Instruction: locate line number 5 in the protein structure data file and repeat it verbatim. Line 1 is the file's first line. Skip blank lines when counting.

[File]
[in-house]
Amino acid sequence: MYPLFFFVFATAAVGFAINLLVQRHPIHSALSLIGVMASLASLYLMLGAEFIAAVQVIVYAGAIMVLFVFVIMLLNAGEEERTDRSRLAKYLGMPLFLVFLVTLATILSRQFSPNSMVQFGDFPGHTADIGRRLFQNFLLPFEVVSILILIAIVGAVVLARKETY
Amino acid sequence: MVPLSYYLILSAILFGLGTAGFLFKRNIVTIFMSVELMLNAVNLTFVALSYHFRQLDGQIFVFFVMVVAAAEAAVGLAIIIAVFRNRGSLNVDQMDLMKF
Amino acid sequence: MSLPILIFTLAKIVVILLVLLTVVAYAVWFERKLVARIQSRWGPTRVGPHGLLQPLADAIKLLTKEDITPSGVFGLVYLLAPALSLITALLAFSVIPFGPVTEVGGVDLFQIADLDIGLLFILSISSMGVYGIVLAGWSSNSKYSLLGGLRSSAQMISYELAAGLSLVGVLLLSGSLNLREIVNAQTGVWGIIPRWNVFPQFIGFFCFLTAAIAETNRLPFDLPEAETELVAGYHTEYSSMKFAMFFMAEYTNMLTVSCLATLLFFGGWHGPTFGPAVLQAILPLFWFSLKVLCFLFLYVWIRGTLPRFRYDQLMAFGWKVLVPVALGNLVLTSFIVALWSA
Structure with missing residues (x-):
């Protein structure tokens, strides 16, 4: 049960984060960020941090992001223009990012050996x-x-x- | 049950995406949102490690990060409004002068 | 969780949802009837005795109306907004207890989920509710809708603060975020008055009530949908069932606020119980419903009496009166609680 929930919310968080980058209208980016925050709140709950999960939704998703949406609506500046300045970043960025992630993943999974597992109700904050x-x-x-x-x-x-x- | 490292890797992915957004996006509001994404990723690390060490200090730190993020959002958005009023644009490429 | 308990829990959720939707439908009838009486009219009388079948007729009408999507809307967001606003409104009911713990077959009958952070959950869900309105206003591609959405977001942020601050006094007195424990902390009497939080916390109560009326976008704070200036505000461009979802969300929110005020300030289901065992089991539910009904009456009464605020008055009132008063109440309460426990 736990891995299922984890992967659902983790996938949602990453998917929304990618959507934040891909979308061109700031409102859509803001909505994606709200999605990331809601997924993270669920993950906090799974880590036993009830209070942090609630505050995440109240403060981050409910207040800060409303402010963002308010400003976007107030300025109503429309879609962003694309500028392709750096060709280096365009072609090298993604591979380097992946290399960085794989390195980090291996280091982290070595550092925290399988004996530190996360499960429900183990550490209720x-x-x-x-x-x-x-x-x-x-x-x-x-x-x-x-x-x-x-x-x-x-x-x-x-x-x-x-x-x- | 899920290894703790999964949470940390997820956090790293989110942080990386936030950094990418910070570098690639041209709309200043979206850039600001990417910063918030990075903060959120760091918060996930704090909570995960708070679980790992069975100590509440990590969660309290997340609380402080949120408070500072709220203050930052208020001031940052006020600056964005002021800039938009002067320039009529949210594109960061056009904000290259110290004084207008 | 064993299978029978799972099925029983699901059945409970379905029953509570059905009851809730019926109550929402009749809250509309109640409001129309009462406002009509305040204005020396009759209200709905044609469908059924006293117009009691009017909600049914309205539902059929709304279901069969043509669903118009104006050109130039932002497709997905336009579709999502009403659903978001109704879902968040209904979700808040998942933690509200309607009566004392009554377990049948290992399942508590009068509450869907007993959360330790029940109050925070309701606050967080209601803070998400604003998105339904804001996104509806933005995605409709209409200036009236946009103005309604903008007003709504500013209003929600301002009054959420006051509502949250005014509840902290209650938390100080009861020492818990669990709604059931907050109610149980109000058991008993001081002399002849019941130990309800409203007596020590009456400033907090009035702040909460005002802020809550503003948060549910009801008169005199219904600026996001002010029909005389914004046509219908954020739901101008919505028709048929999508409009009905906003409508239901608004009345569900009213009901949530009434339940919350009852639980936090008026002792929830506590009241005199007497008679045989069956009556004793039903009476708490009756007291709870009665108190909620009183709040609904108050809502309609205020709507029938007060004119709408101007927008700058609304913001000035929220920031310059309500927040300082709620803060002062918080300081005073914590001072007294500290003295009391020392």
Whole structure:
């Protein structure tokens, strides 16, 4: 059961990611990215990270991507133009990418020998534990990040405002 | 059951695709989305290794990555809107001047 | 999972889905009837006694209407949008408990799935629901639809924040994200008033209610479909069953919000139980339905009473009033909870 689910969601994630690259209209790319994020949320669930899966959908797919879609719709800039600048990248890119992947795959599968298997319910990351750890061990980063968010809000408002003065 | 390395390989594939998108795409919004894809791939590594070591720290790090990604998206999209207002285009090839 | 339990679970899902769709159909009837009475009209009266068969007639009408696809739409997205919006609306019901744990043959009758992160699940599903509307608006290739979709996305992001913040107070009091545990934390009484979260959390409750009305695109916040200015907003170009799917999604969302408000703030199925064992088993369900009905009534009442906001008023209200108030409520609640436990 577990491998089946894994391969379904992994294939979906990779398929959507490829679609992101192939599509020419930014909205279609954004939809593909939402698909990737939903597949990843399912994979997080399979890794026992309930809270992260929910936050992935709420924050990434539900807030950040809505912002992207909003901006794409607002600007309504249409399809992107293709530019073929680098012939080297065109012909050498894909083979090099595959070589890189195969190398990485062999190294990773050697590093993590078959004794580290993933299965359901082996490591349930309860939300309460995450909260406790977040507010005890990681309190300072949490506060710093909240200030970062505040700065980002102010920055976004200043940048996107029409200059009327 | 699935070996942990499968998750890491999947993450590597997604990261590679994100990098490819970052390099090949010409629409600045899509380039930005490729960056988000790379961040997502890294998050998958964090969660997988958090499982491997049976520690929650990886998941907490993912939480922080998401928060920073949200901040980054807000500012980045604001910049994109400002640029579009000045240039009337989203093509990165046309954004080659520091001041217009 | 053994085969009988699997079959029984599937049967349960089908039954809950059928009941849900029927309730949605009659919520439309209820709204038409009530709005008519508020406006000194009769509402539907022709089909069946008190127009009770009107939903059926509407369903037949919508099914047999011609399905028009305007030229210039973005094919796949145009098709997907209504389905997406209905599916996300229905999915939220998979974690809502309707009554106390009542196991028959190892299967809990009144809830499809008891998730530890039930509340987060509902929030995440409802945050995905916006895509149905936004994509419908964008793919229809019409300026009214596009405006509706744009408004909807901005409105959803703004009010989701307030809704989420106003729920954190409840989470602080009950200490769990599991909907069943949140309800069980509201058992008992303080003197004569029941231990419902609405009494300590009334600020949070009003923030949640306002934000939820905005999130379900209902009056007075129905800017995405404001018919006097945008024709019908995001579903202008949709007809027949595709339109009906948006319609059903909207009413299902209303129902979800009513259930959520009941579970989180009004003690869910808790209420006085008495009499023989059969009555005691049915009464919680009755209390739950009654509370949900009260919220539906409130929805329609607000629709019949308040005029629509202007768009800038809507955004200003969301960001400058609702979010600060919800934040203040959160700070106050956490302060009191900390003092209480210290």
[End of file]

Structure with missing residues (x-):